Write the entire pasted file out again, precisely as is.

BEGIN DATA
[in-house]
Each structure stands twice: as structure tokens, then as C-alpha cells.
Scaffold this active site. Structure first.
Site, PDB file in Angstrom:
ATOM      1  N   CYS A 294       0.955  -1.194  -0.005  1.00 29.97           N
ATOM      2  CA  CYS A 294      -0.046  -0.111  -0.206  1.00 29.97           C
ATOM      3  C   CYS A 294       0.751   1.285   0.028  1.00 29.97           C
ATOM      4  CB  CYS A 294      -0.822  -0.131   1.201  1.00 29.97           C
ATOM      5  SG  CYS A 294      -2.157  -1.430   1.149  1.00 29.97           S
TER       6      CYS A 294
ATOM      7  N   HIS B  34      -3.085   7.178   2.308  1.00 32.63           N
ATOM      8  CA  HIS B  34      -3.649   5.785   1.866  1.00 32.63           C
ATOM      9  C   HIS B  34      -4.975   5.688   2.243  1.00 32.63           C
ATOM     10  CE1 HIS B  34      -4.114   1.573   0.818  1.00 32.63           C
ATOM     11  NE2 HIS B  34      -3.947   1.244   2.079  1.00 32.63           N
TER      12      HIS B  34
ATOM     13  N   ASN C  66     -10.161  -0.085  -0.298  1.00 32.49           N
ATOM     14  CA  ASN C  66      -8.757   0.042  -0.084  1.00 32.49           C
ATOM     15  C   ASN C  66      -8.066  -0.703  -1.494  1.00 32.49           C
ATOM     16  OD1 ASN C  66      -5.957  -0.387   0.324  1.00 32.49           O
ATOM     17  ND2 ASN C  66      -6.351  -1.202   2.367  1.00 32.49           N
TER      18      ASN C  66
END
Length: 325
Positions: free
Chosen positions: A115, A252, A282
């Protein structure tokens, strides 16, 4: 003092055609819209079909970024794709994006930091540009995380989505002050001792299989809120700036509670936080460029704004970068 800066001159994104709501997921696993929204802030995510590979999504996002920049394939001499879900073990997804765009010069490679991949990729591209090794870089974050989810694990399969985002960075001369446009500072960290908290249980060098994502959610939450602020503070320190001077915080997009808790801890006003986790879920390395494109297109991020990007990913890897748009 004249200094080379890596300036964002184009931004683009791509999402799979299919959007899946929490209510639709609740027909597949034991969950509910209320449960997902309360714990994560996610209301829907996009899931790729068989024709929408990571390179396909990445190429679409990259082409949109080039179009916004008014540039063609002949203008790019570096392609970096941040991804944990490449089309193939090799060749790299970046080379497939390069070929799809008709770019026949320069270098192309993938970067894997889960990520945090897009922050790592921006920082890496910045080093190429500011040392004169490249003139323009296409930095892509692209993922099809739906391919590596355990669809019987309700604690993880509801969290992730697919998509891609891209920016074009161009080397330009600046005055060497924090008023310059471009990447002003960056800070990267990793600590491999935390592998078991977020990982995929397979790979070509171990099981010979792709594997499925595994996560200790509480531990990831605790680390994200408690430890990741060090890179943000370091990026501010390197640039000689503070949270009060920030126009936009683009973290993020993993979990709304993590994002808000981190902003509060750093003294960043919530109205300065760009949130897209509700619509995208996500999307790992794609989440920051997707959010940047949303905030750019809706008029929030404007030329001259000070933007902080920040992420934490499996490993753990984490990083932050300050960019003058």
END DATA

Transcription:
[in-house]
Each structure stands twice: as structure tokens, then as C-alpha cells.
Scaffold this active site. Structure first.
Site, PDB file in Angstrom:
ATOM      1  N   CYS A 294       0.955  -1.194  -0.005  1.00 29.97           N
ATOM      2  CA  CYS A 294      -0.046  -0.111  -0.206  1.00 29.97           C
ATOM      3  C   CYS A 294       0.751   1.285   0.028  1.00 29.97           C
ATOM      4  CB  CYS A 294      -0.822  -0.131   1.201  1.00 29.97           C
ATOM      5  SG  CYS A 294      -2.157  -1.430   1.149  1.00 29.97           S
TER       6      CYS A 294
ATOM      7  N   HIS B  34      -3.085   7.178   2.308  1.00 32.63           N
ATOM      8  CA  HIS B  34      -3.649   5.785   1.866  1.00 32.63           C
ATOM      9  C   HIS B  34      -4.975   5.688   2.243  1.00 32.63           C
ATOM     10  CE1 HIS B  34      -4.114   1.573   0.818  1.00 32.63           C
ATOM     11  NE2 HIS B  34      -3.947   1.244   2.079  1.00 32.63           N
TER      12      HIS B  34
ATOM     13  N   ASN C  66     -10.161  -0.085  -0.298  1.00 32.49           N
ATOM     14  CA  ASN C  66      -8.757   0.042  -0.084  1.00 32.49           C
ATOM     15  C   ASN C  66      -8.066  -0.703  -1.494  1.00 32.49           C
ATOM     16  OD1 ASN C  66      -5.957  -0.387   0.324  1.00 32.49           O
ATOM     17  ND2 ASN C  66      -6.351  -1.202   2.367  1.00 32.49           N
TER      18      ASN C  66
END
Length: 325
Positions: free
Chosen positions: A115, A252, A282
């Protein structure tokens, strides 16, 4: 003092055609819209079909970024794709994006930091540009995380989505002050001792299989809120700036509670936080460029704004970068 800066001159994104709501997921696993929204802030995510590979999504996002920049394939001499879900073990997804765009010069490679991949990729591209090794870089974050989810694990399969985002960075001369446009500072960290908290249980060098994502959610939450602020503070320190001077915080997009808790801890006003986790879920390395494109297109991020990007990913890897748009 004249200094080379890596300036964002184009931004683009791509999402799979299919959007899946929490209510639709609740027909597949034991969950509910209320449960997902309360714990994560996610209301829907996009899931790729068989024709929408990571390179396909990445190429679409990259082409949109080039179009916004008014540039063609002949203008790019570096392609970096941040991804944990490449089309193939090799060749790299970046080379497939390069070929799809008709770019026949320069270098192309993938970067894997889960990520945090897009922050790592921006920082890496910045080093190429500011040392004169490249003139323009296409930095892509692209993922099809739906391919590596355990669809019987309700604690993880509801969290992730697919998509891609891209920016074009161009080397330009600046005055060497924090008023310059471009990447002003960056800070990267990793600590491999935390592998078991977020990982995929397979790979070509171990099981010979792709594997499925595994996560200790509480531990990831605790680390994200408690430890990741060090890179943000370091990026501010390197640039000689503070949270009060920030126009936009683009973290993020993993979990709304993590994002808000981190902003509060750093003294960043919530109205300065760009949130897209509700619509995208996500999307790992794609989440920051997707959010940047949303905030750019809706008029929030404007030329001259000070933007902080920040992420934490499996490993753990984490990083932050300050960019003058």